7 PM Editorial |Autonomous Bodies and Their Reforms| 12th September 2020

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Autonomous Bodies and Their Reforms

Overview – There is a need to reform the regulatory bodies to bring them in line with minimum government, maximum governance.

Introduction:

The Union textile ministry recently abolished the All India Handicrafts Board, Handloom Board and the Power Loom Board in consonance with the government’s vision of minimum government, maximum governance. The ministry also changed the status of the eight Textile Research Associations to “approved bodies”, instead of the earlier “affiliated bodies”. Thereafter, the government withdrew the officials of the ministry of textiles from the governing bodies of these textile associations. This is in line with the rationalisation of human resources in various ministries. A task force was also announced to this effect in the budget speech of 2016. It was also contemplated that a comprehensive review and rationalisation of autonomous bodies will be done.

What are Autonomous bodies?

Ministries and departments frame policies and ensure their implementation. They are supported by a number of organisations such as autonomous bodies, statutory bodies, subordinate and attached offices, and affiliated organisations, etc. Their mode of establishment and funding, and functional autonomy differs.

Autonomous bodies (ABs) are a major stakeholder in the government’s functioning as they are engaged in diverse activities, ranging from formulating frameworks for policies, conducting research, and preserving the cultural heritage, etc.

Mode of Funding:

Most of the Autonomous Bodies receive money from the Central Government by way of grants-in-aid. The amount disbursed to autonomous bodies was Rs 799.55 billion in 2017-18, which, in 2019-20, was increased to Rs 943.84 billion.

Constitution of Autonomous bodies:

The apex administrative body of Autonomous bodies is called governing council or governing body and is chaired by the minister or the secretary of the respective ministry. Besides, the Autonomous bodies have specialised committees such as the purchase committee, works committee, finance committee, with nominated ministry officials. These Autonomous Bodies are generally audited by the Comptroller and Auditor General, and the annual report is presented in the Parliament every year.

What are the issues with Autonomous Bodies?
  1. They are funded on taxpayers money and so there are calls for accountability. However accountability also compromises a bit on autonomy which is the reason they have been instituted.
  2. The exact count of Autonomous Bodies are not known, with estimates ranging from 400 to 650 plus. They also employ a considerable number of people impinging on the budget. For example, the Indian Council of Agricultural Research, an autonomous body under the Ministry of Agriculture, has almost 17,000 employees.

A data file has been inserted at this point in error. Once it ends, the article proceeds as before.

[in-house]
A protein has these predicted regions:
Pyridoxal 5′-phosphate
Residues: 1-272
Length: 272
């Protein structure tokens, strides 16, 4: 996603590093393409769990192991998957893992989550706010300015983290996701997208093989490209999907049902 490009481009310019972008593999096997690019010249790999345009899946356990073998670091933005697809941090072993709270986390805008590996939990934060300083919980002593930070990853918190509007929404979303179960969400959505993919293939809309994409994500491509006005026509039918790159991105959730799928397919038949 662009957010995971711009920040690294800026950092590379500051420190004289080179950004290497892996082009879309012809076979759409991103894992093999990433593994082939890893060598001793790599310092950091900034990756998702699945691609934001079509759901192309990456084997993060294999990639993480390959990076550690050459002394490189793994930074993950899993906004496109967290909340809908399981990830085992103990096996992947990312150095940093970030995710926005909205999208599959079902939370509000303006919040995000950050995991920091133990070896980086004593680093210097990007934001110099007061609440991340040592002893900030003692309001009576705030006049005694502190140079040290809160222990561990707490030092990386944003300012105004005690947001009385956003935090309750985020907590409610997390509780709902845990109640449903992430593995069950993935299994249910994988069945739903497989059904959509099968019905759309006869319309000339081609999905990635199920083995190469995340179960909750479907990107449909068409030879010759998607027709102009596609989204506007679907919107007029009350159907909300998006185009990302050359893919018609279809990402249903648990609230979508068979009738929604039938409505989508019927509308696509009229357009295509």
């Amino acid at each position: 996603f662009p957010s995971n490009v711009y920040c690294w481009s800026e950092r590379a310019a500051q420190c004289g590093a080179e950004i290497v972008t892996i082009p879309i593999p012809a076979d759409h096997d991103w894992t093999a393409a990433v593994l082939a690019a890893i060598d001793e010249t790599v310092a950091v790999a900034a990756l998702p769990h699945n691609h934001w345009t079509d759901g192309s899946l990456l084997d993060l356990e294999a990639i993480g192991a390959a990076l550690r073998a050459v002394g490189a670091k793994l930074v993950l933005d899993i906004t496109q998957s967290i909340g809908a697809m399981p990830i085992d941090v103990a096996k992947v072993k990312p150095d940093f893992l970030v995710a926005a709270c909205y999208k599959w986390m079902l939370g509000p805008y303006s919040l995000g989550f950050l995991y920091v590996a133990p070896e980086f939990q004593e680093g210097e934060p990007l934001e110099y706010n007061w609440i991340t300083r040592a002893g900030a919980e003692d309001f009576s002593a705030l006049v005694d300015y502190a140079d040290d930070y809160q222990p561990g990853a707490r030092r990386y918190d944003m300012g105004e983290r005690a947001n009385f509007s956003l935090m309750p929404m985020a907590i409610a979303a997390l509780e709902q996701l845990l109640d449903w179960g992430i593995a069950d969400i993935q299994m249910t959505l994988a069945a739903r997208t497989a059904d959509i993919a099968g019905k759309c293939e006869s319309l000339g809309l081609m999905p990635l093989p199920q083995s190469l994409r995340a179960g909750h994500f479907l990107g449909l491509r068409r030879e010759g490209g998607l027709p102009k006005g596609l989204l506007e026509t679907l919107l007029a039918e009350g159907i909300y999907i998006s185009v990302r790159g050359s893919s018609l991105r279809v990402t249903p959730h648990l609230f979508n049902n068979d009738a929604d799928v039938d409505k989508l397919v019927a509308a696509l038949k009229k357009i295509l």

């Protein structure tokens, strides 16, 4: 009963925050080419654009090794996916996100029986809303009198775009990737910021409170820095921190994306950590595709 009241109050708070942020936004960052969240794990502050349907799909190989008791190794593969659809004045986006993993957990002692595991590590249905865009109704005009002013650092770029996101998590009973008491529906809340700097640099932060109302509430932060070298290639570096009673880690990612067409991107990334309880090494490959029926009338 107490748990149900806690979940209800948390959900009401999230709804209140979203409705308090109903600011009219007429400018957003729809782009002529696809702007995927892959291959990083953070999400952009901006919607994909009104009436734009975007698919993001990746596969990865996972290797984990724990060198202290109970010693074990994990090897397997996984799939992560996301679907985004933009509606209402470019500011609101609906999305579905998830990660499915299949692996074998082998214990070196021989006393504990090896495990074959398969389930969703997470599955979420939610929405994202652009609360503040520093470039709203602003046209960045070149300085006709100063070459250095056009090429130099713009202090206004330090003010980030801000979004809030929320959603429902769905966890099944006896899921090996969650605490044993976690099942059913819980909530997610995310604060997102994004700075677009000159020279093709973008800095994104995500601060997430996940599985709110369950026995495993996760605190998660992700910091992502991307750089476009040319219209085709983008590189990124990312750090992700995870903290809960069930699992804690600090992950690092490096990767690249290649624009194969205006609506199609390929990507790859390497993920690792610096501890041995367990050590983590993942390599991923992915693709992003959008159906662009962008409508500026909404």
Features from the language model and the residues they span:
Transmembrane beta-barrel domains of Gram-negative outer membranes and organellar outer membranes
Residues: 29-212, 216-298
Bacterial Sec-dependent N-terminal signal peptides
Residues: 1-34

3. PSUs and government have recruitment bodies like UPSC and SSC, Public Enterprise Selection Board etc for recruitment. There is no such body for CAB recruitments. As a result, the mode of recruitment and recruitment rules differs for each of these bodies, sometimes even across Autonomous Bodies within the same ministry.
  4. Finally, there is an accountability issue.The senior ministry officials do not attend the autonomous body meetings due to lack of time. They instead nominate junior officials who often lack the jurisdiction to take meaningful decisions during the meetings.
So, what should be done to reform these bodies?
  1. A legal framework to describe an Autonomous Bodyshould be drawn up. It should define the boundaries of its working, its autonomy, and the various policies that it must follow.
  2. Autonomous Bodies that have outlived the cause for which they were established may need to be closed or mergedwith a similar organisation or their memorandum altered as per the new charter.
  3. A task force needs to be set up under a pan-Indian agency such as SSC or UPSC to streamline the recruitment rules, salary structure, allowance and perks paid to employees, and mode of recruitment.
  4. To ensure the participation of ministry officials, committee meetings of similar Autonomous Bodies should be held togetherso that the appropriate authorities could provide meaningful suggestions. Routine Work should not be part of the agenda.
  5. A performance auditby an independent agency needs to be done.
Conclusion:

There are Autonomous Bodies like The Centre for Cultural Resources and Training which works in the field of art education of teachers under the Ministry of Culture. This is not in line with governance good practices because integrating art education in school learning is under the Ministry of Education. These reflect the deeper malaise and the reforms that are required in the Autonomous Bodies.

Source: Hindustan Times

Mains Question:
  1. It is high time that the autonomous bodies are reformed to achieve the maxim of minimum government and maximum governance. In line with this, discuss the issues associated with autonomous bodies and suggest suitable reforms.
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